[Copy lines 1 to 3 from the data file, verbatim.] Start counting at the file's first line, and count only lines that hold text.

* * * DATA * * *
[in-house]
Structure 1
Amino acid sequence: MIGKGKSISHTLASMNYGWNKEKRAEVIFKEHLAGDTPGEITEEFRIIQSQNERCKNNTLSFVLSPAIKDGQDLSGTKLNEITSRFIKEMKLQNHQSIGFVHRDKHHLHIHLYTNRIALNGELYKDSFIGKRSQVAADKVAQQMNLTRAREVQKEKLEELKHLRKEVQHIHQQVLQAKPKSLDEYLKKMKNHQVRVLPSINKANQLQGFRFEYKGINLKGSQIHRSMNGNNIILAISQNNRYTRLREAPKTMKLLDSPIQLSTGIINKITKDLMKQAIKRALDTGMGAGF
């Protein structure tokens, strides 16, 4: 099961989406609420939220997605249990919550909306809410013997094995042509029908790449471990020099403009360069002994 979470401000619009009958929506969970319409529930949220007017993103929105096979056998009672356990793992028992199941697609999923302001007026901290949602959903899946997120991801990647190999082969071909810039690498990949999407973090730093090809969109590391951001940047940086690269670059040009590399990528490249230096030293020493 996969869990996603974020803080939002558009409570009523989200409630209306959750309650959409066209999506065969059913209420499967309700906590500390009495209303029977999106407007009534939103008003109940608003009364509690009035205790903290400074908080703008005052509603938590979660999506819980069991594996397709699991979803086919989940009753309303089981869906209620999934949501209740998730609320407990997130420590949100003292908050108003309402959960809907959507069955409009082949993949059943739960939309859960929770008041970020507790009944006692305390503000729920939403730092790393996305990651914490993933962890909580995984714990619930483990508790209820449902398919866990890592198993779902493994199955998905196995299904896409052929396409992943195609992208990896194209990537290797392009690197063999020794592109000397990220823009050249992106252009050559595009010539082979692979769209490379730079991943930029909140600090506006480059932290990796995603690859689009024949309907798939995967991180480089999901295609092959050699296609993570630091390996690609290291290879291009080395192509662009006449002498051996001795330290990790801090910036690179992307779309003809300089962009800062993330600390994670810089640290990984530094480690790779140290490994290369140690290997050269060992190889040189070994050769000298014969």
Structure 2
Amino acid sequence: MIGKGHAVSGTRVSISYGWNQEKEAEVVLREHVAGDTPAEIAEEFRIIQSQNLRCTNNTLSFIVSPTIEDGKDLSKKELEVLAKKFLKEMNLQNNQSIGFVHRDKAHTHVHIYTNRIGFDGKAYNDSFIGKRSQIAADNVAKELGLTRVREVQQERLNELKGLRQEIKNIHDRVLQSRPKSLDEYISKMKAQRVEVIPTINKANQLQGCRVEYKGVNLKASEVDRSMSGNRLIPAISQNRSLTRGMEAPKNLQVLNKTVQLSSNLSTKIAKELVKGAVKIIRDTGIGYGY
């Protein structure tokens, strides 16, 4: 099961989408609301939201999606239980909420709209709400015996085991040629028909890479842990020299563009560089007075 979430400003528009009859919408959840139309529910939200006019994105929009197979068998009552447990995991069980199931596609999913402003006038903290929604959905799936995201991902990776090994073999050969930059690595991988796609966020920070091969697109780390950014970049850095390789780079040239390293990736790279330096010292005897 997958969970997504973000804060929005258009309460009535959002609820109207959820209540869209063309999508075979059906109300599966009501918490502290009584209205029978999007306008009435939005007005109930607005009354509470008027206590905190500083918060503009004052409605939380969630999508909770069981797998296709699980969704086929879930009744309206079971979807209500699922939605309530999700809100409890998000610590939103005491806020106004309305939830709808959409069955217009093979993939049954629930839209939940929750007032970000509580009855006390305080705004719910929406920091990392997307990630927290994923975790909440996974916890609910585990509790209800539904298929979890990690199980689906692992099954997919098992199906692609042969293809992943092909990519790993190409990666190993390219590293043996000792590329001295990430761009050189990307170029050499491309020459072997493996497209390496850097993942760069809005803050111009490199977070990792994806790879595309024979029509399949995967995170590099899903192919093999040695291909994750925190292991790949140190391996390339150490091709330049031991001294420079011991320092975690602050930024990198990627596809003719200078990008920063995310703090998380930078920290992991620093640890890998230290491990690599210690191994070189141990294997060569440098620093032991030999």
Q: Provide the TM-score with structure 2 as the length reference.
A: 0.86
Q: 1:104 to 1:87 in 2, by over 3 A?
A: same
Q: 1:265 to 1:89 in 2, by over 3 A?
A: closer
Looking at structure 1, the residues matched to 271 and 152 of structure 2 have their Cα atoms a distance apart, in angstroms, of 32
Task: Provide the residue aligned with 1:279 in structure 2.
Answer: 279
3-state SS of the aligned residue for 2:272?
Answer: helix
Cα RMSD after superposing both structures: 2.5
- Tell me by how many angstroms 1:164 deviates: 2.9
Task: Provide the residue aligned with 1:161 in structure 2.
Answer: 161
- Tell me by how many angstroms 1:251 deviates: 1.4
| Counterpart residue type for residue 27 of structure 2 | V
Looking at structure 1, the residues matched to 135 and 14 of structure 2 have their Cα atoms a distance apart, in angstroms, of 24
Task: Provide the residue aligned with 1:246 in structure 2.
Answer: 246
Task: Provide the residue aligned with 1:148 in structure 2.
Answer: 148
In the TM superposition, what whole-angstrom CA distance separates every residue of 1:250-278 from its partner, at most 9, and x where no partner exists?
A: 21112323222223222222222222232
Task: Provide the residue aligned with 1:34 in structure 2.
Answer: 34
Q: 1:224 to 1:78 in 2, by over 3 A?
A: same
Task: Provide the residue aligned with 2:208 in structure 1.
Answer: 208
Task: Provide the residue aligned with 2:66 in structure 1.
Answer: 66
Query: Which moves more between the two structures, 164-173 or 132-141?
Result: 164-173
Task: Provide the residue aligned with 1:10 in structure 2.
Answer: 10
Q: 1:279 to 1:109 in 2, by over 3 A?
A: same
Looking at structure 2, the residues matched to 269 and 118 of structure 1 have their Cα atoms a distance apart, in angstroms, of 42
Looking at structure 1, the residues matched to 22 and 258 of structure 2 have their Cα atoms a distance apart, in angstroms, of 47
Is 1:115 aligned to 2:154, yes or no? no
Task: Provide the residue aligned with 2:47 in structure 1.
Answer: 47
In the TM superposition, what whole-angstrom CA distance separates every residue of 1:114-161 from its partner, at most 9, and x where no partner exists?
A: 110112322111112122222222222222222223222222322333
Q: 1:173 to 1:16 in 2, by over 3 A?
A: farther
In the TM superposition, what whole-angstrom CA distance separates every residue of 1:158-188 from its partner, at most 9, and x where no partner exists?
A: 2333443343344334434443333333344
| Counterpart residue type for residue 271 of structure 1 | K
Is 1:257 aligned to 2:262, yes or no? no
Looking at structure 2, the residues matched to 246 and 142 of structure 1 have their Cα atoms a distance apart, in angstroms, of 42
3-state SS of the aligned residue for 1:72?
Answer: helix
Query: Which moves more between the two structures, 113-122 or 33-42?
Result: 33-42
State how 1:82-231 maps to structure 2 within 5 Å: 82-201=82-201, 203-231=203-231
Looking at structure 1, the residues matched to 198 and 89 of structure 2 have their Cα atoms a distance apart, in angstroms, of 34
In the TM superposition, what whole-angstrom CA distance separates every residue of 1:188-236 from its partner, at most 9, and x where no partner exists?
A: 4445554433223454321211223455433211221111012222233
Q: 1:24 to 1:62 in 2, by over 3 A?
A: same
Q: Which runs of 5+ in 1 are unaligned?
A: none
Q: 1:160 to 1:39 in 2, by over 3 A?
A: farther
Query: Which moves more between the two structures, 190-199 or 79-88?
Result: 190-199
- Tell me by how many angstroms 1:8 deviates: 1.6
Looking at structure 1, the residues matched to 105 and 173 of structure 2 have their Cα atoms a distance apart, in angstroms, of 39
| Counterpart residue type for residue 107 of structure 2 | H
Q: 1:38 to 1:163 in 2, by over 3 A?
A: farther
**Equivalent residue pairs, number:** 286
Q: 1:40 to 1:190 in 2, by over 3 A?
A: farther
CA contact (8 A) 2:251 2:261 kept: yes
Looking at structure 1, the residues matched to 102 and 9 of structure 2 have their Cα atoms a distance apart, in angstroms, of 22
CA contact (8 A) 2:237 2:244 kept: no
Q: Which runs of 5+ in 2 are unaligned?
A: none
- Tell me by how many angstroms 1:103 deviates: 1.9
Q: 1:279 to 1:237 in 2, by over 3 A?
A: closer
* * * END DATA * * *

[in-house]
Structure 1
Amino acid sequence: MIGKGKSISHTLASMNYGWNKEKRAEVIFKEHLAGDTPGEITEEFRIIQSQNERCKNNTLSFVLSPAIKDGQDLSGTKLNEITSRFIKEMKLQNHQSIGFVHRDKHHLHIHLYTNRIALNGELYKDSFIGKRSQVAADKVAQQMNLTRAREVQKEKLEELKHLRKEVQHIHQQVLQAKPKSLDEYLKKMKNHQVRVLPSINKANQLQGFRFEYKGINLKGSQIHRSMNGNNIILAISQNNRYTRLREAPKTMKLLDSPIQLSTGIINKITKDLMKQAIKRALDTGMGAGF